6

I want to write two simple equations one below the other, but it seems that aligned environment aligns to the right and I want to align them to the left. Here is the code:

\documentclass{article}
\usepackage{amsmath}

\begin{document}

\begin{equation*}
\begin{aligned}
S_1' (x_0) = S_n' (x_n) = 0 \quad \text{(clamped boundary conditions),} \quad \text{or} \\
S_1'' (x_0) = S_n'' (x_n) = 0 \quad \text{(natural boundary conditions)}
\end{aligned}
\end{equation*}

\end{document}

which produces

enter image description here

but I want S_1''(x_0) to appear directly below S_1'(x_0), not to be moved to the left. Do you please know the solution?

  • 1
    You need to put alignment symbols, i.e. &, such that LaTeX knows how you wish to align. – user121799 Jan 1 '18 at 23:41
  • since ypu've said in a comment that you are new to latex, a look at some basic documentation might help. for amsmath (which defines align), type texdoc amsmath at a command line prompt. a lot of other good (many more general) suggestions can be found at What are good learning resources for a LaTeX beginner? – barbara beeton Jan 3 '18 at 0:03
8

If you want to left-align the material, you need to provide alignments points via & symbols.

enter image description here

\documentclass{article}
\usepackage{amsmath} % for 'align*' environment

\begin{document}

\begin{align*}
&S_1' (x_0) = S_n' (x_n) = 0 \quad \text{(clamped boundary conditions), or} \\
&S_1'' (x_0) = S_n'' (x_n) = 0 \quad \text{(natural boundary conditions)}
\end{align*}

\end{document}
11

The alignment points are marked with an &. If there are several groups (columns of alignments), a further & is used to introduce each new group (except the first group), so that n columns of alignment require 2n-1 ampersands.

Here you can use this code for instance:

\documentclass{article}

\usepackage{amsmath}

\begin{document}

\begin{align*} 
S_1' (x_0) &= S_n' (x_n) = 0 &&\text{(clamped boundary conditions),} \quad \text{or} \\
S_1'' (x_0) &= S_n'' (x_n) = 0 && \text{(natural boundary conditions)}
\end{align*} 

\end{document}

I also suggest these solutions based on alignat*, using the \ArrowBetweenLines command from mathtools (needless to load amsmath in this case), or flalign*:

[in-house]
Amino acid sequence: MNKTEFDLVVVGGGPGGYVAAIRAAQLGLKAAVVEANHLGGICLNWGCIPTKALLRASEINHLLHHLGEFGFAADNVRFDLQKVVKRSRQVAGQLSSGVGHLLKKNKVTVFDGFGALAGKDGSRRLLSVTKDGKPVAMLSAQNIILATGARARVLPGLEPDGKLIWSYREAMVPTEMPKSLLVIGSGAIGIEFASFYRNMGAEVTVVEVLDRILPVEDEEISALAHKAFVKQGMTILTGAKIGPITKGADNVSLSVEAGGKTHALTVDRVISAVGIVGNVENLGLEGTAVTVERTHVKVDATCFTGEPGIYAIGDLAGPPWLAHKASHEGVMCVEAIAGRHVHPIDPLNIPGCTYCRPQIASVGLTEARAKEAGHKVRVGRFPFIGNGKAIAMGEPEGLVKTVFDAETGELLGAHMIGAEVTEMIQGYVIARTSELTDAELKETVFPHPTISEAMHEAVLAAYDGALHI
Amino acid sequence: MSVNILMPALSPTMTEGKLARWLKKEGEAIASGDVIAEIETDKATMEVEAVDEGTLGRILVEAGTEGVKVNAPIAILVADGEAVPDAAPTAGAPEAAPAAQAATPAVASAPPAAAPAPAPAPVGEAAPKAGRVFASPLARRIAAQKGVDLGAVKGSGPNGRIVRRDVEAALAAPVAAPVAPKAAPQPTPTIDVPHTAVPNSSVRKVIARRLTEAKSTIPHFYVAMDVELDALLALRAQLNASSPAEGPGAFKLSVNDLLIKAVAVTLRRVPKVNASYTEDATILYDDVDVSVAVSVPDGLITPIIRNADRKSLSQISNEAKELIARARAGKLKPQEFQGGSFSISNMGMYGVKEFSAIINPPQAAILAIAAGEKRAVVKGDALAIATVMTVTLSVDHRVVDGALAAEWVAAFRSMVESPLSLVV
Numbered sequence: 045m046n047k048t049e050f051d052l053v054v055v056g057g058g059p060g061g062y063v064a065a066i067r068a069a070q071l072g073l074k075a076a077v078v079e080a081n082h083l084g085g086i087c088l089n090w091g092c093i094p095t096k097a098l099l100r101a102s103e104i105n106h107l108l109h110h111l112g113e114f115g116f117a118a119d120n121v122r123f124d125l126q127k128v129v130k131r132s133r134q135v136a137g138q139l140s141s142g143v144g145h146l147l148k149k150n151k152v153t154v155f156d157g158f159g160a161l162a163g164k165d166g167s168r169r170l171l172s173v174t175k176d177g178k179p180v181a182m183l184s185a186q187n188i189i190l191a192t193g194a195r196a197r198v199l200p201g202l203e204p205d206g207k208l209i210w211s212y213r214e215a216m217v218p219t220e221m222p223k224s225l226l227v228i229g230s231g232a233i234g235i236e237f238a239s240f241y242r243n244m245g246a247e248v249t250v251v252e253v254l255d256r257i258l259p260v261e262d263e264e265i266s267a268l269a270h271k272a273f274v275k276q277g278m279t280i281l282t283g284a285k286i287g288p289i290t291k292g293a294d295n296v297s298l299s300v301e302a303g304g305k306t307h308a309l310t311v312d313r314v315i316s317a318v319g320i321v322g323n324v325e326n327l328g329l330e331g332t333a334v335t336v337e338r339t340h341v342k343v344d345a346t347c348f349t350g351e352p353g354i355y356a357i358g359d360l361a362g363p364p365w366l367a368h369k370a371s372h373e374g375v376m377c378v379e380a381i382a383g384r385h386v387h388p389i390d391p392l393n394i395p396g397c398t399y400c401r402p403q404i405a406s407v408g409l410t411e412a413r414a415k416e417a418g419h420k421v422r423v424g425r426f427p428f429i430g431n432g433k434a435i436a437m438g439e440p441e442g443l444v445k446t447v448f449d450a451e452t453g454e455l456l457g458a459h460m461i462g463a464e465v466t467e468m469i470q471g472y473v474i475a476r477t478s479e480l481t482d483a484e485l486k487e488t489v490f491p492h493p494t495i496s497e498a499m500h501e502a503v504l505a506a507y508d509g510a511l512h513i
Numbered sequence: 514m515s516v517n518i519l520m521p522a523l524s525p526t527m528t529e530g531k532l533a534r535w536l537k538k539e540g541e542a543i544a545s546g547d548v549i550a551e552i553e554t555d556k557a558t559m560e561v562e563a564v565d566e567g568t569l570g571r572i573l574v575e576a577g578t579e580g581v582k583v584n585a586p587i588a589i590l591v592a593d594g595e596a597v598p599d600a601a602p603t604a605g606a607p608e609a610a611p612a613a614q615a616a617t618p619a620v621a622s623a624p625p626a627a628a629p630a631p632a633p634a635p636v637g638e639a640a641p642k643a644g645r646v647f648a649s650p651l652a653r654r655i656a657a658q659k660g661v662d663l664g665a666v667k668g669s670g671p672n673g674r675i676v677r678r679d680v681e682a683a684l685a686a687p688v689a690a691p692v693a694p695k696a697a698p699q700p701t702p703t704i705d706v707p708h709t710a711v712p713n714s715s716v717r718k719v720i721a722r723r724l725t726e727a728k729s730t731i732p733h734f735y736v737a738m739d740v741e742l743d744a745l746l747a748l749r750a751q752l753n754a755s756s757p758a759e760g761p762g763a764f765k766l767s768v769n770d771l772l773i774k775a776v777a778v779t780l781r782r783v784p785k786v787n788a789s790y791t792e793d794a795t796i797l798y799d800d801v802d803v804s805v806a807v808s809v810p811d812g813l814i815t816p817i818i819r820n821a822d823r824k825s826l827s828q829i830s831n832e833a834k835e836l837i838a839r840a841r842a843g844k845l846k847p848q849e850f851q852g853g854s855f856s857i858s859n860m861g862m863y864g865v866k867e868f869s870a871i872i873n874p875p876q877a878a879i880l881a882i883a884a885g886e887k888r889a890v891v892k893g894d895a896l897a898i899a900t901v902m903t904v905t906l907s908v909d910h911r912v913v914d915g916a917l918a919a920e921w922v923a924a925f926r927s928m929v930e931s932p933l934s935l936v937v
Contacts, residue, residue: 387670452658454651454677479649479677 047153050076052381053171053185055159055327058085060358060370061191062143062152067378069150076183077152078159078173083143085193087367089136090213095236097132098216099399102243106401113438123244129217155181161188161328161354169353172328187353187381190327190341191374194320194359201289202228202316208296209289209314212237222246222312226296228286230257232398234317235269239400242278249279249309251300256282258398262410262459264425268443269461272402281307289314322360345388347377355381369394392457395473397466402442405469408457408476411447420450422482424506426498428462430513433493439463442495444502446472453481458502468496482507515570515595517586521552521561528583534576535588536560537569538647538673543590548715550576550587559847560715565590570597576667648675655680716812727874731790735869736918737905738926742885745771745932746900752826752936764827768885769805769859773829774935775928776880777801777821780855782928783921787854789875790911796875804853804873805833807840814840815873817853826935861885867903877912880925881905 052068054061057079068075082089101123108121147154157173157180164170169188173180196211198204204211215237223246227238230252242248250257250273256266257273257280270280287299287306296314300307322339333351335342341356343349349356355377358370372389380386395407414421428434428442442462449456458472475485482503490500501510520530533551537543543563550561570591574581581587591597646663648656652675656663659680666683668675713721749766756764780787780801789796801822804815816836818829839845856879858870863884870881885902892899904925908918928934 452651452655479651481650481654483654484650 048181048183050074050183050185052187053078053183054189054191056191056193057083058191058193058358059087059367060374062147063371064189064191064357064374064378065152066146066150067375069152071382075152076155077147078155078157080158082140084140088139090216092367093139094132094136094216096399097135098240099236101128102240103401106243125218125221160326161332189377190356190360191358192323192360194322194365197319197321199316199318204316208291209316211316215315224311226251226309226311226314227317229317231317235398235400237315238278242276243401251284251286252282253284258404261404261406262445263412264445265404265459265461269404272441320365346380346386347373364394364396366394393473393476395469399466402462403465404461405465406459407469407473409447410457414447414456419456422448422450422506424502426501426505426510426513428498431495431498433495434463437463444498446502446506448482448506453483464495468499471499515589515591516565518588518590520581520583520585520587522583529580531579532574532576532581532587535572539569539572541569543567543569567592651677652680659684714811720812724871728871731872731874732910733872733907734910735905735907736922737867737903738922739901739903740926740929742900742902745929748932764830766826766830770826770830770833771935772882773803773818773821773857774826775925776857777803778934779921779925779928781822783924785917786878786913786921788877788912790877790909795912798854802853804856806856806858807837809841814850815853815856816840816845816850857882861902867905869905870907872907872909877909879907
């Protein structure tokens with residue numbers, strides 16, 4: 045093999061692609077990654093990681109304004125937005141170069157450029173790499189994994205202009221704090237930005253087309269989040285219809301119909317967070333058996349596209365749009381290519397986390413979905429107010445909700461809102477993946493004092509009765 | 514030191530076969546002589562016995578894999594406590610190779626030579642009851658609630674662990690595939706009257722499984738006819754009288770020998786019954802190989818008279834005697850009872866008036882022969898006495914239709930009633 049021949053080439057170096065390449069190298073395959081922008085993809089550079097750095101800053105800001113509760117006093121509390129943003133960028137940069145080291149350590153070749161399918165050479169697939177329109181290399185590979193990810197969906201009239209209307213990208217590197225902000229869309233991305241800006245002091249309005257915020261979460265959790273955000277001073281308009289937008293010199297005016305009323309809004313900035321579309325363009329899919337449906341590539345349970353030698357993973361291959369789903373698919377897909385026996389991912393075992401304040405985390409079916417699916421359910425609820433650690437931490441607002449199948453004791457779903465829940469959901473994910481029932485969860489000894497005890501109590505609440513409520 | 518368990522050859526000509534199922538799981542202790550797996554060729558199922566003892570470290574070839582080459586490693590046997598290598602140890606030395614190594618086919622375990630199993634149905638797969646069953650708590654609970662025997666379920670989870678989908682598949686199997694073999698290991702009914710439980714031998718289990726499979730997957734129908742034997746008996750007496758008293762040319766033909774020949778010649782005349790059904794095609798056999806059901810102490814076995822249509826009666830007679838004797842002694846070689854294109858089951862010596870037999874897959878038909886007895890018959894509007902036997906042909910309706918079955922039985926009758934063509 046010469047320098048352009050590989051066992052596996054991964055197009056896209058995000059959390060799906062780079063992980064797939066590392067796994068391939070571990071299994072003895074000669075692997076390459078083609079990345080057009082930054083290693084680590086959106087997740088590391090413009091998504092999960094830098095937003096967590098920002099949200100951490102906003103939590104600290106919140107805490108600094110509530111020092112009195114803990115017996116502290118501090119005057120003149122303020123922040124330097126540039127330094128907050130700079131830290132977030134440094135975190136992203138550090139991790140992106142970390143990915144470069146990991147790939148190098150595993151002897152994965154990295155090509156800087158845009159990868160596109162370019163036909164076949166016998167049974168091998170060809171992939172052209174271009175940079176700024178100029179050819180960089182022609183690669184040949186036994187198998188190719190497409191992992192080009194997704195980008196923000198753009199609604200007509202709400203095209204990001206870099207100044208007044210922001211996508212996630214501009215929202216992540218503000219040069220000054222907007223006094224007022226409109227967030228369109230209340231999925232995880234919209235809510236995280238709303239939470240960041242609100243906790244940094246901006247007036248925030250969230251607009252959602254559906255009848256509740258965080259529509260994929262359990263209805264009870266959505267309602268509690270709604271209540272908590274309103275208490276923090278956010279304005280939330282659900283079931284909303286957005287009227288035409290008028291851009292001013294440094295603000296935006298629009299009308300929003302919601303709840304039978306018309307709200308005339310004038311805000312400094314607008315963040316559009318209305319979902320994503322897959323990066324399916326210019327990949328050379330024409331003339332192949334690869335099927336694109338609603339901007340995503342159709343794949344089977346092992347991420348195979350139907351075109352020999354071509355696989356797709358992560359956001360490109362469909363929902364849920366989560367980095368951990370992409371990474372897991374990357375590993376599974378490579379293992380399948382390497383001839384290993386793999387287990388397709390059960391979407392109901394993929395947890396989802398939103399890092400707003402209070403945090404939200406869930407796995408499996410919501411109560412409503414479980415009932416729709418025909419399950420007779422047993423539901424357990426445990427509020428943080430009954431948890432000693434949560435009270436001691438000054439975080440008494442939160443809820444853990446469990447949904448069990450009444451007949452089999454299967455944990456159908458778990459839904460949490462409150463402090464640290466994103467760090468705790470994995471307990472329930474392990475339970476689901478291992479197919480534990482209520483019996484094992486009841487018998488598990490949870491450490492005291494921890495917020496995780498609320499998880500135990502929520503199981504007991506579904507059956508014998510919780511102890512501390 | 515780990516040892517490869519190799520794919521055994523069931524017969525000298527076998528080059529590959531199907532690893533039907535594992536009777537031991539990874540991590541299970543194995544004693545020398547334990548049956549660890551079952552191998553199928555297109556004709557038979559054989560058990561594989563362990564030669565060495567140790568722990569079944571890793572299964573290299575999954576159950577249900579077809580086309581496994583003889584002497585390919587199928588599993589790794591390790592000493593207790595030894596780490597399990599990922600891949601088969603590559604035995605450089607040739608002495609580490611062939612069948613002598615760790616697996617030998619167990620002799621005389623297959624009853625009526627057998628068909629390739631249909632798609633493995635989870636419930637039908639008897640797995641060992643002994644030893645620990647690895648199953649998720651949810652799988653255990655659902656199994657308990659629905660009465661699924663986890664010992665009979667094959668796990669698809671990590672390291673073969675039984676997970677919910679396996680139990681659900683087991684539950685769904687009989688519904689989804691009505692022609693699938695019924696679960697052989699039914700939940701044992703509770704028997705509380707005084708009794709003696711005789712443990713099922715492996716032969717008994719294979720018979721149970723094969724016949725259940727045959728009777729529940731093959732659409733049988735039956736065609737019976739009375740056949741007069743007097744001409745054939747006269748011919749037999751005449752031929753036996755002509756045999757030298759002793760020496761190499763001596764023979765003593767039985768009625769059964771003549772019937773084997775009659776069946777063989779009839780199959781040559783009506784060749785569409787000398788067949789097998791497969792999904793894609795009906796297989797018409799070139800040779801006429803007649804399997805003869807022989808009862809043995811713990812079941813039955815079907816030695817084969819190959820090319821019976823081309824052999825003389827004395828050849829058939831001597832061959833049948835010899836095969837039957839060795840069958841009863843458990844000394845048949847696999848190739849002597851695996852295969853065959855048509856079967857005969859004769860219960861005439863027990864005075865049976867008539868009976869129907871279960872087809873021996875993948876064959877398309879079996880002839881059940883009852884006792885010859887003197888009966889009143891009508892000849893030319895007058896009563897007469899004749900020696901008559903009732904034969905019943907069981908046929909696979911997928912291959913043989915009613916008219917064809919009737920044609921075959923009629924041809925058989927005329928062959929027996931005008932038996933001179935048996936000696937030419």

\documentclass{article}

\usepackage{mathtools}

\begin{document}


\begin{alignat*}{3}
 & & S_1' (x_0) &= S_n' (x_n) = 0 &\quad & \text{(clamped boundary conditions),} \\
\ArrowBetweenLines[\text{or}]%
 & & S_1'' (x_0) &= S_n'' (x_n) = 0 & & \text{(natural boundary conditions)}
 \end{alignat*}

\begin{flalign*} 
& & S_1' (x_0) &= S_n' (x_n) = 0 &&\text{(clamped boundary conditions),} \\
& \text{or} & S_1'' (x_0) &= S_n'' (x_n) = 0 && \text{(natural boundary conditions)} 
\end{flalign*}

\end{document}

enter image description here

  • Three separate answers posted within 38 seconds of each other! – Mico Jan 1 '18 at 23:43
  • @Mico: That' s for the New Year :o) – Bernard Jan 1 '18 at 23:54
8

you forgot on anchors for align (ampersands) :

\documentclass{article}
\usepackage{amsmath}

\begin{document}

\begin{equation*}
\begin{aligned}
S_1' (x_0)  & = S_n' (x_n) = 0 \quad \text{(clamped boundary conditions),} \quad \text{or} \\
S_1'' (x_0) & = S_n'' (x_n) = 0 \quad \text{(natural boundary conditions)}
\end{aligned}
\end{equation*}

\end{document}

enter image description here

  • Thank you all very much! I did not even know there are some anchors for alignment... :-) I am new to Latex. – doremi Jan 2 '18 at 10:14

Your Answer

By clicking “Post Your Answer”, you agree to our terms of service, privacy policy and cookie policy

Not the answer you're looking for? Browse other questions tagged or ask your own question.